As we continue our journey, we stop at some of the 3,000 cenotes that dot the peninsula. These freshwater-filled sinkholes have become one of the region’s longest-lasting tourist attractions, providing money to local families who collectively own the land.
But since they were traditionally dedicated to Mayan deities like Chaac (the rain god) or seen as entrances to Xibalba (the Mayan underworld), it can be difficult to reconcile their development as tourist attractions with past traditions. . One of them, Cenote Kankirixche, still contains human remains and relics of Mayan rituals. “The Mayans consider cenotes sacred,” says Ortiz.
It’s a tough situation, but Ortiz says he’d rather see communities manage tourism themselves, than sell their natural resources to the highest bidder.
(Here are some of the most breathtaking underwater caves in the Yucatan.)
When we reach Abalá, we see another way the locals are reestablishing their culture. At Jose Pech Remi’s Abalá Craftsmen’s House, traditional Yucatán products, including Huipil dress, hand-carved jaguar statues and locally sourced honey, line the shelves. “A lot of people work the land here, but they don’t make a lot of money,” explains Rémi. “Sale [traditional] crafting gives people extra income [and] helps protect our culture and our roots.
This is significant as Remi speaks to the community’s alcohol and addiction issues stemming from a history of economic disadvantage. Besides the craft store, Remi has created a foundation that organizes opportunities, such as regular cultural events, where there is live music, food and market stalls, creating immediate work for locals, while showcasing the culture of Abalá.
“Traditions, traditional knowledge and the Mayan language are the most important characteristics of Mayan culture,” adds Gutiérrez Cervera. “To be Maya means to preserve the forest, the water, the animals and the plants. It is to preserve the Milpa [crop growing systems] and teach it to the next generations, to perform the Chaa Chaak [a religious ceremony] ask for rain and celebrate Hanal Pixan [“Food for the Souls,” the Maya version of Día de los Muertos or Day of the Dead] remember the dead.
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On our third and final morning, we refuel at Restaurante Comunitario, a once abandoned building transformed into a local restaurant run by the women of Mucuyche. The restaurant offers homemade alternatives to Hacienda Mucuyche, a popular cenote-filled tourist spot across the street owned by Xcaret, the same company that runs theme parks along the Riviera Maya.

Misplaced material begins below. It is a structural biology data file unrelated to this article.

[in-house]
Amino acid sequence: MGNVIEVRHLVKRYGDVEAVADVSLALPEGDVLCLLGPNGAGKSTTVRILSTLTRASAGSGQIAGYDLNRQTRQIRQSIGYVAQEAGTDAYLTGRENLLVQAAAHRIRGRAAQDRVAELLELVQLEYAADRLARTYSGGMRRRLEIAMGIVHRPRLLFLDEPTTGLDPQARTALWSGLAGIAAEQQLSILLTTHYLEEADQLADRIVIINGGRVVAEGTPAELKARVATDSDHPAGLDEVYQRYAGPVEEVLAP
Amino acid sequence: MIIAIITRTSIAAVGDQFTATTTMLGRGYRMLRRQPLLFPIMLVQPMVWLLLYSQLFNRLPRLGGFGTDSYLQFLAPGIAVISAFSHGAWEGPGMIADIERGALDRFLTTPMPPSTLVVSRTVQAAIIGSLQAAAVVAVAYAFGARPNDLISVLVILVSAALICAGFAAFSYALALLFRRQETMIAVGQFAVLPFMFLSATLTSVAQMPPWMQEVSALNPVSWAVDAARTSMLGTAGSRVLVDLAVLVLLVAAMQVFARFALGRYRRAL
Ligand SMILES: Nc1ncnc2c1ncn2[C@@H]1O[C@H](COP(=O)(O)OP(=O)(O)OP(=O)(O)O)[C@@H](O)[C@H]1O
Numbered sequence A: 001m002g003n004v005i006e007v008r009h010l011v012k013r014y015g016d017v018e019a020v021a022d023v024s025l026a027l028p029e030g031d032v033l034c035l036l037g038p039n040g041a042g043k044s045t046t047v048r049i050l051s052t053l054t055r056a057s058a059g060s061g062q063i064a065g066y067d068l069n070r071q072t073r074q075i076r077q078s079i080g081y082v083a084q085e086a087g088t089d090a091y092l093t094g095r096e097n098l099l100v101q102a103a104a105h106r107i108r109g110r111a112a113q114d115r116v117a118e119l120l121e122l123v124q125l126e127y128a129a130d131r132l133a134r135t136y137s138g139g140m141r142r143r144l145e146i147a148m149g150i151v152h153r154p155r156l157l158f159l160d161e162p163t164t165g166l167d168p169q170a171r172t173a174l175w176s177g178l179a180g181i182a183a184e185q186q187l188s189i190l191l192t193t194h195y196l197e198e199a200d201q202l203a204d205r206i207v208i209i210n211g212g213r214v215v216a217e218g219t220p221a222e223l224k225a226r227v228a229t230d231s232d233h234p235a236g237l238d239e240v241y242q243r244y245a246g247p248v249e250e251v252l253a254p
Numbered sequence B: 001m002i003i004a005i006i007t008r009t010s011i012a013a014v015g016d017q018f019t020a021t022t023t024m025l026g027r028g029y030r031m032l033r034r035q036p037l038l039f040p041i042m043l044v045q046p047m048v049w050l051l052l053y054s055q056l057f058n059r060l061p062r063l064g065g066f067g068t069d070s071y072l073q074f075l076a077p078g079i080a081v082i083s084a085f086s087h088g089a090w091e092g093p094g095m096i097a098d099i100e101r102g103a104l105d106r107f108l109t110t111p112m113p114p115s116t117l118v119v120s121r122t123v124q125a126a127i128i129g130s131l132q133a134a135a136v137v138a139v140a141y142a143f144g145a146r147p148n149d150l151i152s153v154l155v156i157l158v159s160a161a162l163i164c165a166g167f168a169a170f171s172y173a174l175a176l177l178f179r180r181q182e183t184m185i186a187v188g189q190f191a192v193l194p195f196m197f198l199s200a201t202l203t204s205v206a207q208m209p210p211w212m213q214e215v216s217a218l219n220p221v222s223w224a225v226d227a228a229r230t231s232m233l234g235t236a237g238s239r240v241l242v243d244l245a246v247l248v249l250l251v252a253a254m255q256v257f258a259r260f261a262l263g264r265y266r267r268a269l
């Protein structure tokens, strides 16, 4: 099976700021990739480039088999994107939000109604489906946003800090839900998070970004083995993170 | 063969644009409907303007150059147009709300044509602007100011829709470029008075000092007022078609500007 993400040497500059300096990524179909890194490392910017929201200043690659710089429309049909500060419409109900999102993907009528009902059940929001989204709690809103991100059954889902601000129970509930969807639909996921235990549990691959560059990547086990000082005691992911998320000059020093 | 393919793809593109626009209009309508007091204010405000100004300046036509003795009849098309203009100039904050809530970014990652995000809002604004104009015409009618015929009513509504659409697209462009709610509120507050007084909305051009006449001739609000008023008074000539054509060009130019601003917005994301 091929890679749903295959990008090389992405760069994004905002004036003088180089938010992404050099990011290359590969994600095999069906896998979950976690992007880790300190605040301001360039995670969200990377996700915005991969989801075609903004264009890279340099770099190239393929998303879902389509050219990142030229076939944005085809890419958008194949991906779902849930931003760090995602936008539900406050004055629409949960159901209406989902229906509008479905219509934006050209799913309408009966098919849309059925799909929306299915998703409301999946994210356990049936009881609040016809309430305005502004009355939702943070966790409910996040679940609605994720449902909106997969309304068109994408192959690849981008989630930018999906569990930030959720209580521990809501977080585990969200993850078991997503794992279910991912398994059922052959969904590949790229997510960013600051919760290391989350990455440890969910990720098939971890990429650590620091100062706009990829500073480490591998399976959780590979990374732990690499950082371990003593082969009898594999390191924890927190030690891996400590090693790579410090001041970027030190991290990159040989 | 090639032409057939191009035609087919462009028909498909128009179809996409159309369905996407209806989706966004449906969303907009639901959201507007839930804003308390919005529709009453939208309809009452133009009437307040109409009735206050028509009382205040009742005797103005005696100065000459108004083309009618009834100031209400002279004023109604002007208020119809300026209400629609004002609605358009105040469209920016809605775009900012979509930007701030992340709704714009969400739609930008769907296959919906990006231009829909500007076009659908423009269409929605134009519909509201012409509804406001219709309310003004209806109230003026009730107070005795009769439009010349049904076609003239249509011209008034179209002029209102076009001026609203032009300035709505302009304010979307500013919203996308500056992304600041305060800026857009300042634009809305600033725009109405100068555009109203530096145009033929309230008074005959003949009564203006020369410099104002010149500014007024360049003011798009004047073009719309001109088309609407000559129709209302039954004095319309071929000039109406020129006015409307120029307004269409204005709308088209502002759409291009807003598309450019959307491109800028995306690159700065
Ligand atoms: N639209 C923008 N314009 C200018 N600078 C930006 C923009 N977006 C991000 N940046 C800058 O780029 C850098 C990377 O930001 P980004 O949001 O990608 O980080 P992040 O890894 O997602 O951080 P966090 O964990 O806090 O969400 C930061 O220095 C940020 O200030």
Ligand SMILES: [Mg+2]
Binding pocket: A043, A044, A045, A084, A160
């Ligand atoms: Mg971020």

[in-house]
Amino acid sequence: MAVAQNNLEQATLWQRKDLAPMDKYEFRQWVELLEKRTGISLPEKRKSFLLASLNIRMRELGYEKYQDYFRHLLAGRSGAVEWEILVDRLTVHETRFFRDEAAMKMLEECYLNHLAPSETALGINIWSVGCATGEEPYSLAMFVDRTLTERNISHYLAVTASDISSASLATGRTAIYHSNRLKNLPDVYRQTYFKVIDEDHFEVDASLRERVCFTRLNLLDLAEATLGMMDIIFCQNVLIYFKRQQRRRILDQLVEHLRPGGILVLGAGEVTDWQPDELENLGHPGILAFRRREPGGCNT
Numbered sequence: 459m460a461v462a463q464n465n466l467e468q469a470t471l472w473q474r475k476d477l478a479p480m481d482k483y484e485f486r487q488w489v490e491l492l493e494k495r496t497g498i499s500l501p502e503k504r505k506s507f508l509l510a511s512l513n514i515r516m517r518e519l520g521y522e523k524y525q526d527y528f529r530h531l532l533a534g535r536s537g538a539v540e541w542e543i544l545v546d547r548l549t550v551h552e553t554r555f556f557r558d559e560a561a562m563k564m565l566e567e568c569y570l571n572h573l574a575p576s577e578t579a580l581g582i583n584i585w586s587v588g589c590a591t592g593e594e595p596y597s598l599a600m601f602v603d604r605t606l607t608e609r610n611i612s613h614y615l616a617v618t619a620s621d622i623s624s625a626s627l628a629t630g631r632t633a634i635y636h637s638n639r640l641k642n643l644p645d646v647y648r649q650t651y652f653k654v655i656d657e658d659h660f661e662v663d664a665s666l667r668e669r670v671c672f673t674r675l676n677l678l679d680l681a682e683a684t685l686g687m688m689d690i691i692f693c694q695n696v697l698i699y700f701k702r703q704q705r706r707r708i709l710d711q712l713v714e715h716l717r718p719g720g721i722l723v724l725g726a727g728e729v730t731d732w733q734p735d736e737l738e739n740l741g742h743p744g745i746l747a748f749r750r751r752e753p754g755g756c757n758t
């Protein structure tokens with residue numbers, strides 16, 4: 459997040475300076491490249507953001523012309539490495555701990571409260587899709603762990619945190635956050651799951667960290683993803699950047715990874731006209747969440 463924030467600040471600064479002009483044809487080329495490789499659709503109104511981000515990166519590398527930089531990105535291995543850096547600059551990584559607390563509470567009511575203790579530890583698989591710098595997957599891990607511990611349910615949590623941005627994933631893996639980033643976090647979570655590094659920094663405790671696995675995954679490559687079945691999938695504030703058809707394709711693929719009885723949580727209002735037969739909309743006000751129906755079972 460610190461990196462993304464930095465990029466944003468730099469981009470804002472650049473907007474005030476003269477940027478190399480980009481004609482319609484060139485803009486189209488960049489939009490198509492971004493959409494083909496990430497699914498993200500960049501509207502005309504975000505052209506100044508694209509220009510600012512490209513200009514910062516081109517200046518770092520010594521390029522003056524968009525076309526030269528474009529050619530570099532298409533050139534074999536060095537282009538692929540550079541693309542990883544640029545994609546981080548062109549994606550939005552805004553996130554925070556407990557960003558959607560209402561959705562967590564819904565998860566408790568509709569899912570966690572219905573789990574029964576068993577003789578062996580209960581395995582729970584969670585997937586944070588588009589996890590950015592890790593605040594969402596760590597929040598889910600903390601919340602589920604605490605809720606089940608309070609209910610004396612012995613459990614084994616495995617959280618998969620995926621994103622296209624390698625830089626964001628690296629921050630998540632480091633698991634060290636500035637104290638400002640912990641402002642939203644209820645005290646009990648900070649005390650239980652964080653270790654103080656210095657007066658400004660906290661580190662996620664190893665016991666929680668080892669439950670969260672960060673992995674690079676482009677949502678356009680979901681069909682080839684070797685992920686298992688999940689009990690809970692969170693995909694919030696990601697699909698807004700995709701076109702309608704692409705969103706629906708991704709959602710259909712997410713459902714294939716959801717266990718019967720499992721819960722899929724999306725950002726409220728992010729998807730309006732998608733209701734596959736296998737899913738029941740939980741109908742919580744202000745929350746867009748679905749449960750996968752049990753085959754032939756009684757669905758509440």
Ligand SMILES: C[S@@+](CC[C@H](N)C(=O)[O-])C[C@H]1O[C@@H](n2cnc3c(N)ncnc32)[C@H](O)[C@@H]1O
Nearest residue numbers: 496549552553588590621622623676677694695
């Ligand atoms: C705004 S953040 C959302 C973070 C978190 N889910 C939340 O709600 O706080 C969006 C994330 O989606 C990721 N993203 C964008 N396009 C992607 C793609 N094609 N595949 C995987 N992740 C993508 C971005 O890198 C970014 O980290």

Here, Elsie Maria Neydi Bacab helps prepare dishes such as papadzules (rolled corn tortillas filled with boiled eggs and topped with salsa), tamales (steamed corn dough with meat and vegetable toppings), and pok chuuc (grilled pork marinated in citrus fruits). “To be Mayan is to be proud,” says Neydi Bacab, adding that offering these dishes, in addition to dressing in handmade huipil and continuing to speak the Mayan language, is another important way to preserve the traditions.
Fortified, we cycle along paths overgrown with vegetation and wildlife, pushing towards Mayapán, the end point of the Camino del Mayab. There we leave our bikes at the door and, with burning legs and aching muscles, we climb the steep stone steps to the top of the Temple of Kukulkan, the centerpiece of this ancient Mayan capital. From this high vantage point, I can see the forests of Yucatán and the road we traveled ahead of us.
There is no doubt that Camino del Mayab is a return, a challenge, says Ortiz. It’s also a glimpse into a part of Mexico few travelers see, a part far removed from the all-inclusive hotel mentality of other, more familiar Mexican destinations. Gutiérrez Cervera plans to expand the Camino del Mayab to a network of trails circling the entire Yucatán Peninsula, so more travelers can experience this ambitious style of community tourism.
“With Camino del Mayab you don’t just travel”, says Gutiérrez Cervera, “you return something where you go”.